Brand choice: Why should people choose you?

The goal of creating a successful brand is to entice your customer base to become loyal advocates that return to your brand over and over again, even when new players enter the market. These people ideally rave about your brand and share their experiences with their friends and family.

Throughout this piece we’ve highlighted various factors that come into play when a consumer is choosing one brand over another, these factors need to be continually refined and considered for your brand to evolve and attract a loyal audience. If you’re an established brand, one of the primary ways you can start to do this is to engage with your existing audience and gain an understanding of why they choose your brand over others. A great way to do this is through surveys. These can be conducted with research companies or you can choose to run them in-house with a tool like SurveyMonkey.  Don’t assume you know what your consumers are thinking, more often than not, the results may surprise you and provide valuable insights. From here, it’s important to refine your brand strategy to understand your place within the market, who your audience is and why you should be the brand of choice.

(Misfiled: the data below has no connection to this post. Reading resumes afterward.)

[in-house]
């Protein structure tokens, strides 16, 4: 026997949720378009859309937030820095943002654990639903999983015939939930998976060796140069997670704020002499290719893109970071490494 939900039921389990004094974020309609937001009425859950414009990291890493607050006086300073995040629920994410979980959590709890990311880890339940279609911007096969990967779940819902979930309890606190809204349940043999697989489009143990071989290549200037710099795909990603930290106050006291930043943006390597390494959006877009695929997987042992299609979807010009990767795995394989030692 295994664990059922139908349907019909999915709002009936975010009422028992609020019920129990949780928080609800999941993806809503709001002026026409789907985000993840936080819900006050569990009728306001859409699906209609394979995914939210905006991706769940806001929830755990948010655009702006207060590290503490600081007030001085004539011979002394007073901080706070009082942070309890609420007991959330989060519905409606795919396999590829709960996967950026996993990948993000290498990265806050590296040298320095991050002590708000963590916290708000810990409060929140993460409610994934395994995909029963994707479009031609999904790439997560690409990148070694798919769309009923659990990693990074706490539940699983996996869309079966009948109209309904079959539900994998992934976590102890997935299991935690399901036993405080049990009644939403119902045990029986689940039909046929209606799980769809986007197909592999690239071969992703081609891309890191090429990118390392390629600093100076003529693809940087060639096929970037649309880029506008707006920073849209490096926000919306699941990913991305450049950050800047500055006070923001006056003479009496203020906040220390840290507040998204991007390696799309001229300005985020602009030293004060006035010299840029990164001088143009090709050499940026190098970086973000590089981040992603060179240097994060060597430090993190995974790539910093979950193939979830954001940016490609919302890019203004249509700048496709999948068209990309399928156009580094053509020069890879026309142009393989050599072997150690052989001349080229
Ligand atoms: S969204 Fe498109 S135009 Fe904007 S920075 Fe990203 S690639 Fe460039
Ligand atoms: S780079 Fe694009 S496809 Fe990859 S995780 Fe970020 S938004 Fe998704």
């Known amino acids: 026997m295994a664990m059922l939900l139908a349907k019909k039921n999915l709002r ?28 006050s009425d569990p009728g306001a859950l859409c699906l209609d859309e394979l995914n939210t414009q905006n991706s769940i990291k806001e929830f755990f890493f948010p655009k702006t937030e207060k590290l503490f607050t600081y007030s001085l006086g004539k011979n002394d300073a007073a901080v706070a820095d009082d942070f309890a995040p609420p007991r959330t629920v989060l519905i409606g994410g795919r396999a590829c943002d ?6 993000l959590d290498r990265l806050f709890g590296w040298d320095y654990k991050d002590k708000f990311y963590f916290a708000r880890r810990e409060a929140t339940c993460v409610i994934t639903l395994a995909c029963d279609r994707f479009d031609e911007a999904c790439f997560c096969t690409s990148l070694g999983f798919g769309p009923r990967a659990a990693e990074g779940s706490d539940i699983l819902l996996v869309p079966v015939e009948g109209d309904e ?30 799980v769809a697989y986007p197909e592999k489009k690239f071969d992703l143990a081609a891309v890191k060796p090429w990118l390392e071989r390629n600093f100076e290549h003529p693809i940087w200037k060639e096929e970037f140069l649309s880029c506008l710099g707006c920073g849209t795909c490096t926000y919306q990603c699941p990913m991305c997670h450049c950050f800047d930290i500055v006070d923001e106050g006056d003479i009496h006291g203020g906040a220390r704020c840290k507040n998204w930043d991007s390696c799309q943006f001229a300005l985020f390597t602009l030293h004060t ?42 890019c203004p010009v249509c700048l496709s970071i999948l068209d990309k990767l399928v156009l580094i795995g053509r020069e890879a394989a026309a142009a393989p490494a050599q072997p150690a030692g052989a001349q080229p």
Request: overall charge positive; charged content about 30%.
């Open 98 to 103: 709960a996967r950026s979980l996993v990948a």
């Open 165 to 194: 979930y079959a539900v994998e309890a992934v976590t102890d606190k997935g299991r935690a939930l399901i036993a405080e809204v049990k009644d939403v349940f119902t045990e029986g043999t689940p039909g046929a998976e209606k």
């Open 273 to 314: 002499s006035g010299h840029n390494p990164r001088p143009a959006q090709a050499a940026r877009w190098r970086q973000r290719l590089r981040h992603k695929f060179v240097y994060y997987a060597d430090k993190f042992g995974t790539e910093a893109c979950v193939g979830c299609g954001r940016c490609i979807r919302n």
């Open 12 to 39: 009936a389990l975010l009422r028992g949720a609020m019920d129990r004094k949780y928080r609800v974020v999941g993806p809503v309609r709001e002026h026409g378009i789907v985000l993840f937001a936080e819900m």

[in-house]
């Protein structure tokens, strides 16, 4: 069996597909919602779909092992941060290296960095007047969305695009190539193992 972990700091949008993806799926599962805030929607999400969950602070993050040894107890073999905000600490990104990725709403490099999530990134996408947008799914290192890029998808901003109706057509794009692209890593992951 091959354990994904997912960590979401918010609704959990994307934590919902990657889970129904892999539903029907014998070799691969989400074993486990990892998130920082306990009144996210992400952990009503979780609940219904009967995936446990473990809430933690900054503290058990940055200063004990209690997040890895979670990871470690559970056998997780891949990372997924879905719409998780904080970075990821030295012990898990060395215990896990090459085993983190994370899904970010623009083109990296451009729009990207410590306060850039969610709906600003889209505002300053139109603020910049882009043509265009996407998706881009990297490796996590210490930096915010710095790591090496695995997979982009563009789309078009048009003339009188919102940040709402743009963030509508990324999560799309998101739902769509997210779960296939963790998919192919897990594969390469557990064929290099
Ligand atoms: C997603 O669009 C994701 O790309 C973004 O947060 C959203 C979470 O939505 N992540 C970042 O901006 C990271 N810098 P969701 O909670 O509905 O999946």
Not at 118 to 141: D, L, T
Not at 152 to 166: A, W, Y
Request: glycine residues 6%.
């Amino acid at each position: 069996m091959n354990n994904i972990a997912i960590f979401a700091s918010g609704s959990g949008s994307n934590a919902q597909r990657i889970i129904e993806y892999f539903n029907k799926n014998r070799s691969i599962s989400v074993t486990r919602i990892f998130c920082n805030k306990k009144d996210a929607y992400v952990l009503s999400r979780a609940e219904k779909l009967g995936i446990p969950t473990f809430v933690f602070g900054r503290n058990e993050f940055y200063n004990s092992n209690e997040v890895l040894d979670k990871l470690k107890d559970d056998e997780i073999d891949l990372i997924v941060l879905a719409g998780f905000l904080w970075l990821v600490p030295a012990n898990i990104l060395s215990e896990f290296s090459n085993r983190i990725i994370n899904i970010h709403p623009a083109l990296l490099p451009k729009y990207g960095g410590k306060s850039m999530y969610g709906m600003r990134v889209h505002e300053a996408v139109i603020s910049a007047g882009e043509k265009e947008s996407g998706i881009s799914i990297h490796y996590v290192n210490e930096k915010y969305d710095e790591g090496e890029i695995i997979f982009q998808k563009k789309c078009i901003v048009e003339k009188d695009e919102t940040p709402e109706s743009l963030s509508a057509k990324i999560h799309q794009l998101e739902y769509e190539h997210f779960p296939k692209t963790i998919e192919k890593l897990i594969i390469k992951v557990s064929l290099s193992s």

If you need help to develop or refresh your brand, or to produce a brand strategy, please get in touch